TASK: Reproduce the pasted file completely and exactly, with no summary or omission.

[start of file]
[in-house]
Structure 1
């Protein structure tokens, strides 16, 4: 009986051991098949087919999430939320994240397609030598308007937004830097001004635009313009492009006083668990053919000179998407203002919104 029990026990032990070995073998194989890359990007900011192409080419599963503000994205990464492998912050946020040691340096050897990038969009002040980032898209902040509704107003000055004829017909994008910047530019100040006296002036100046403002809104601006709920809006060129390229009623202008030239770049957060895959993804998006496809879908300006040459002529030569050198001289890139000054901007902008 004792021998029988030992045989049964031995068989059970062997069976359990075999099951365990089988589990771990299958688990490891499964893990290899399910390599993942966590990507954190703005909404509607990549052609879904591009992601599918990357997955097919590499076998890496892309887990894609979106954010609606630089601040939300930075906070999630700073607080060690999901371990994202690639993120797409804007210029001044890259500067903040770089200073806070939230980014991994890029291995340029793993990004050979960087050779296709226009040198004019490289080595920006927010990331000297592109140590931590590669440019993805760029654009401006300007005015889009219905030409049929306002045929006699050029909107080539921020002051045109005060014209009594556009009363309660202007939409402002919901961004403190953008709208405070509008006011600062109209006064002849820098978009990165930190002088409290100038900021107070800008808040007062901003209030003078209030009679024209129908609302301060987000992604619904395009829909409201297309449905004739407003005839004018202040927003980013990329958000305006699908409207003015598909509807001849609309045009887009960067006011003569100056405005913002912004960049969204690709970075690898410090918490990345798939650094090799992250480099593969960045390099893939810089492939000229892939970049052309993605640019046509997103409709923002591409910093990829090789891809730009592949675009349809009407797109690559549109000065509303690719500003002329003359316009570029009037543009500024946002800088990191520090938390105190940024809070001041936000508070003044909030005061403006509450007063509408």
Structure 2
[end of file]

[in-house]
Structure 1
């Protein structure tokens, strides 16, 4: 009986051991098949087919999430939320994240397609030598308007937004830097001004635009313009492009006083668990053919000179998407203002919104 029990026990032990070995073998194989890359990007900011192409080419599963503000994205990464492998912050946020040691340096050897990038969009002040980032898209902040509704107003000055004829017909994008910047530019100040006296002036100046403002809104601006709920809006060129390229009623202008030239770049957060895959993804998006496809879908300006040459002529030569050198001289890139000054901007902008 004792021998029988030992045989049964031995068989059970062997069976359990075999099951365990089988589990771990299958688990490891499964893990290899399910390599993942966590990507954190703005909404509607990549052609879904591009992601599918990357997955097919590499076998890496892309887990894609979106954010609606630089601040939300930075906070999630700073607080060690999901371990994202690639993120797409804007210029001044890259500067903040770089200073806070939230980014991994890029291995340029793993990004050979960087050779296709226009040198004019490289080595920006927010990331000297592109140590931590590669440019993805760029654009401006300007005015889009219905030409049929306002045929006699050029909107080539921020002051045109005060014209009594556009009363309660202007939409402002919901961004403190953008709208405070509008006011600062109209006064002849820098978009990165930190002088409290100038900021107070800008808040007062901003209030003078209030009679024209129908609302301060987000992604619904395009829909409201297309449905004739407003005839004018202040927003980013990329958000305006699908409207003015598909509807001849609309045009887009960067006011003569100056405005913002912004960049969204690709970075690898410090918490990345798939650094090799992250480099593969960045390099893939810089492939000229892939970049052309993605640019046509997103409709923002591409910093990829090789891809730009592949675009349809009407797109690559549109000065509303690719500003002329003359316009570029009037543009500024946002800088990191520090938390105190940024809070001041936000508070003044909030005061403006509450007063509408």
Structure 2